Progress: 691/751

(✿◠‿◠) Anime!!! – Haikyuu!! Second Season

List Item:  Watch the 100 best anime TV series
Progress: 33/100Title: Haikyuu!! Second Season
Episodes Aired: 25
Year(s): 2015-16

It’s been over 18 months since I saw the first season of Haikyuu and within a few minutes of the first episode of the second season I wondered what had taken me so long to get back to it. I really fell for the first season and it’s impressive just how quickly the second season was able to get you back into the fray.

The experience of watching the second season was sizeably different to the first one. Where the first season focused on them having to pull a team together and, eventually, suffering a shattering loss at the end; the second builds on this defeat and we see the team training up to make sure it doesn’t happen again.

Whilst I still have no idea of half of the volleyball terms being used, it’s amazing how much I have learnt about this sport through sheer osmosis. They can start talking about pinch servers, liberos and other positions and I actually know what they mean. I still haven’t quite gotten to grips with the different ‘tempos’,  but I’m getting there. Still, it shows how this show has been able to disseminate enough information to help you enjoy the sport.

And here’s the thing, I really enjoy watching these volleyball matches. It’s not like the boxing in Hajime no Ippo where time is artificially elongated to make a match last multiple episodes, in Haikyuu they will skip large sections of the match because it won’t add to the story. As a viewer who is not really into sport, this editing helps a lot. It also helps with the tension that we’ve seen this team lose important matches, so you’re never quite sure of the direction an episode will take.

That is until the final few episodes as, given the title of the third season, you know how this has to end. Then again, if I was watching this live then I would have had no idea of the outcome and, despite being mostly certain of how the match would finish, I still found myself cheering at the TV like a bit of a loser.

Hopefully by the time this goes up we will know more about the elusive fourth season of Haikyuu, but until then I have the third season to watch… right after I finish The Ancient Magus’s Wife, Food Wars: Season 3, my re-watch of Fullmetal Alchemist: Brotherhood and the other things I’m currently watching.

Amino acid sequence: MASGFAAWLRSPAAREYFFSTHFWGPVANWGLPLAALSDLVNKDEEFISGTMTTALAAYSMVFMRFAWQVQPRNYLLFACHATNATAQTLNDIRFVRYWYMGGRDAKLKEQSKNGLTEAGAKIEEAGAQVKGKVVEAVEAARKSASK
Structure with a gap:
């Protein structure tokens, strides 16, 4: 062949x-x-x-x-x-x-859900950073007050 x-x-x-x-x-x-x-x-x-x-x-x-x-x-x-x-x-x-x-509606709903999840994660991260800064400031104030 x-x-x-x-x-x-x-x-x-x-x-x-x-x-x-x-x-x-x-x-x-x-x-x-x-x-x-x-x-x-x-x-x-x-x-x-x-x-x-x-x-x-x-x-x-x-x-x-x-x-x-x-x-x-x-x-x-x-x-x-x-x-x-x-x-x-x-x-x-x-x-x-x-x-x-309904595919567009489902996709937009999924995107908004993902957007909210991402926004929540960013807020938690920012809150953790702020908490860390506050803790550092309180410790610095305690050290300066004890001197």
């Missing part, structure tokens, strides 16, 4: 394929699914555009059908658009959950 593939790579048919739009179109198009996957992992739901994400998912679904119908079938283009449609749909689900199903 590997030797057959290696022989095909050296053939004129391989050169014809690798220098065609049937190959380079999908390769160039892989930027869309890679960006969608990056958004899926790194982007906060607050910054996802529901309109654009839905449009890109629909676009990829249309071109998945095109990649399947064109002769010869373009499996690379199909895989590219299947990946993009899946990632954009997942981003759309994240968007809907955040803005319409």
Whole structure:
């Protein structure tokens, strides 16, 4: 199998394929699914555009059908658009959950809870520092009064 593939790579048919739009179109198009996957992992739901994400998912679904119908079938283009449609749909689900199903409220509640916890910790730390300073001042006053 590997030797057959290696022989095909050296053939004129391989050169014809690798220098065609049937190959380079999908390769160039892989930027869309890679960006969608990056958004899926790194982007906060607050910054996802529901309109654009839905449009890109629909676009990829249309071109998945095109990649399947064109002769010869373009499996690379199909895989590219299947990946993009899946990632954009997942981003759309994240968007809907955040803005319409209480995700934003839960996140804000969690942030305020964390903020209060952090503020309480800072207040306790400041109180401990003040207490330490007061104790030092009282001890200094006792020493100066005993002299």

Around The World In 100 Films – Singapore

List Item: Watch films from 100 different nations
Progress: 45/100

Title: Tatsumi
Director: Eric Khoo
Year: 2011
Country: Singapore

I’m going to Singapore in a few months! I haven’t been this excited about a holiday destination since booking my honeymoon to Japan. We got a great deal on flights and a hotel, so we figured why not just go for it. As part of my preparations for this (and to keep some of this excitement in check because the trip isn’t for another 3 months) I thought it would be a good idea to become better acquainted with Singaporean culture.

Tatsumi came up as a film to watch because it’s one of Singapore’s submissions to the Foreign Language film section of the Academy Awards. I’ve only just come to realise that these submission lists are a fantastic resource to help me find films for this challenge… so watch out Tajikistan because you’ve made the list.

However, with Tatsumi I managed to find a Singaporean film that is in Japanese, set in Japan and about a Japanese man. It’s also another animated film. Still, the remit of this it to see films from 100 different countries so Tatsumi is a very welcome addition to the list.

So, who is the titular Tatsumi? Well (and I would have been able to answer this myself if I had gotten further with the comics list) he is major name in the manga scene and is credited with starting the more adult gekiga genre of manga (of which Lady Snowblood would be an example). The film itself takes on two roles, a brief autobiography of Tatsumi and a cinematic interpretation of five stories written by Tatsumi.